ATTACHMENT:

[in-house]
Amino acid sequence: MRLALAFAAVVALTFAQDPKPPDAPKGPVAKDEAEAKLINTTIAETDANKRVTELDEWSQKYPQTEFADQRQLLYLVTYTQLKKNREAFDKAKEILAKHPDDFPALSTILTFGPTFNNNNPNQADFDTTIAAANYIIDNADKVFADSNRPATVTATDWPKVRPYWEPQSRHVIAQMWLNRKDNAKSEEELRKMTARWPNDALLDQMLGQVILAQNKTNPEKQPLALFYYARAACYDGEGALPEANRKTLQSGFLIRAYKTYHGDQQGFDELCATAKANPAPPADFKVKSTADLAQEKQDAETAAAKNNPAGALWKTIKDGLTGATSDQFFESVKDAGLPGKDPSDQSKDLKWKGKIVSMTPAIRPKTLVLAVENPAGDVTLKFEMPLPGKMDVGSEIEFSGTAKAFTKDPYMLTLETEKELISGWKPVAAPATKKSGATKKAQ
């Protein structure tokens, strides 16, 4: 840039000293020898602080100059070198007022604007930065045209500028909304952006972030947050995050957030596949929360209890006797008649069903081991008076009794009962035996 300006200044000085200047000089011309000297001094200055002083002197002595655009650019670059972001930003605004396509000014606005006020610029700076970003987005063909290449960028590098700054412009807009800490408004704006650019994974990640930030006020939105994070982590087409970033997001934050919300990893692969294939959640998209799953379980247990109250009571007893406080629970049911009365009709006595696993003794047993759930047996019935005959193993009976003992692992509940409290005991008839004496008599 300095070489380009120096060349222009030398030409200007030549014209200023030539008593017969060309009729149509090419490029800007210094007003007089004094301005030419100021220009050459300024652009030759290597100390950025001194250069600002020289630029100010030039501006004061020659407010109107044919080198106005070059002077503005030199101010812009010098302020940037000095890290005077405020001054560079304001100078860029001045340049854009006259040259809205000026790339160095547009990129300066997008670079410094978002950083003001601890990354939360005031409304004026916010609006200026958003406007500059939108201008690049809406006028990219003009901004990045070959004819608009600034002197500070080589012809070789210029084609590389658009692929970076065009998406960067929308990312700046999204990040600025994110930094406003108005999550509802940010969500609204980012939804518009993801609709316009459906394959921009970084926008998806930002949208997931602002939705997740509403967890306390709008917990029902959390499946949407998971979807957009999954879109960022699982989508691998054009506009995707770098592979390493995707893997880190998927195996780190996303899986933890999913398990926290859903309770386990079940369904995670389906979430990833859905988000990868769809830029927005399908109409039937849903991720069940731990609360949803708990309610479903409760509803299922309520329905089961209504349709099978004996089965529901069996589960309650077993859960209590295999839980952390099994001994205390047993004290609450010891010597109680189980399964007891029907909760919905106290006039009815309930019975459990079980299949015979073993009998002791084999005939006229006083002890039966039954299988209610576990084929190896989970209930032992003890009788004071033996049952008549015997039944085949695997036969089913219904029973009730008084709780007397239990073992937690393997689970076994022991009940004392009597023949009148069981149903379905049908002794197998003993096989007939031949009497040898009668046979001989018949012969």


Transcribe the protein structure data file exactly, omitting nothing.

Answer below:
[in-house]
Amino acid sequence: MRLALAFAAVVALTFAQDPKPPDAPKGPVAKDEAEAKLINTTIAETDANKRVTELDEWSQKYPQTEFADQRQLLYLVTYTQLKKNREAFDKAKEILAKHPDDFPALSTILTFGPTFNNNNPNQADFDTTIAAANYIIDNADKVFADSNRPATVTATDWPKVRPYWEPQSRHVIAQMWLNRKDNAKSEEELRKMTARWPNDALLDQMLGQVILAQNKTNPEKQPLALFYYARAACYDGEGALPEANRKTLQSGFLIRAYKTYHGDQQGFDELCATAKANPAPPADFKVKSTADLAQEKQDAETAAAKNNPAGALWKTIKDGLTGATSDQFFESVKDAGLPGKDPSDQSKDLKWKGKIVSMTPAIRPKTLVLAVENPAGDVTLKFEMPLPGKMDVGSEIEFSGTAKAFTKDPYMLTLETEKELISGWKPVAAPATKKSGATKKAQ
């Protein structure tokens, strides 16, 4: 840039000293020898602080100059070198007022604007930065045209500028909304952006972030947050995050957030596949929360209890006797008649069903081991008076009794009962035996 300006200044000085200047000089011309000297001094200055002083002197002595655009650019670059972001930003605004396509000014606005006020610029700076970003987005063909290449960028590098700054412009807009800490408004704006650019994974990640930030006020939105994070982590087409970033997001934050919300990893692969294939959640998209799953379980247990109250009571007893406080629970049911009365009709006595696993003794047993759930047996019935005959193993009976003992692992509940409290005991008839004496008599 300095070489380009120096060349222009030398030409200007030549014209200023030539008593017969060309009729149509090419490029800007210094007003007089004094301005030419100021220009050459300024652009030759290597100390950025001194250069600002020289630029100010030039501006004061020659407010109107044919080198106005070059002077503005030199101010812009010098302020940037000095890290005077405020001054560079304001100078860029001045340049854009006259040259809205000026790339160095547009990129300066997008670079410094978002950083003001601890990354939360005031409304004026916010609006200026958003406007500059939108201008690049809406006028990219003009901004990045070959004819608009600034002197500070080589012809070789210029084609590389658009692929970076065009998406960067929308990312700046999204990040600025994110930094406003108005999550509802940010969500609204980012939804518009993801609709316009459906394959921009970084926008998806930002949208997931602002939705997740509403967890306390709008917990029902959390499946949407998971979807957009999954879109960022699982989508691998054009506009995707770098592979390493995707893997880190998927195996780190996303899986933890999913398990926290859903309770386990079940369904995670389906979430990833859905988000990868769809830029927005399908109409039937849903991720069940731990609360949803708990309610479903409760509803299922309520329905089961209504349709099978004996089965529901069996589960309650077993859960209590295999839980952390099994001994205390047993004290609450010891010597109680189980399964007891029907909760919905106290006039009815309930019975459990079980299949015979073993009998002791084999005939006229006083002890039966039954299988209610576990084929190896989970209930032992003890009788004071033996049952008549015997039944085949695997036969089913219904029973009730008084709780007397239990073992937690393997689970076994022991009940004392009597023949009148069981149903379905049908002794197998003993096989007939031949009497040898009668046979001989018949012969």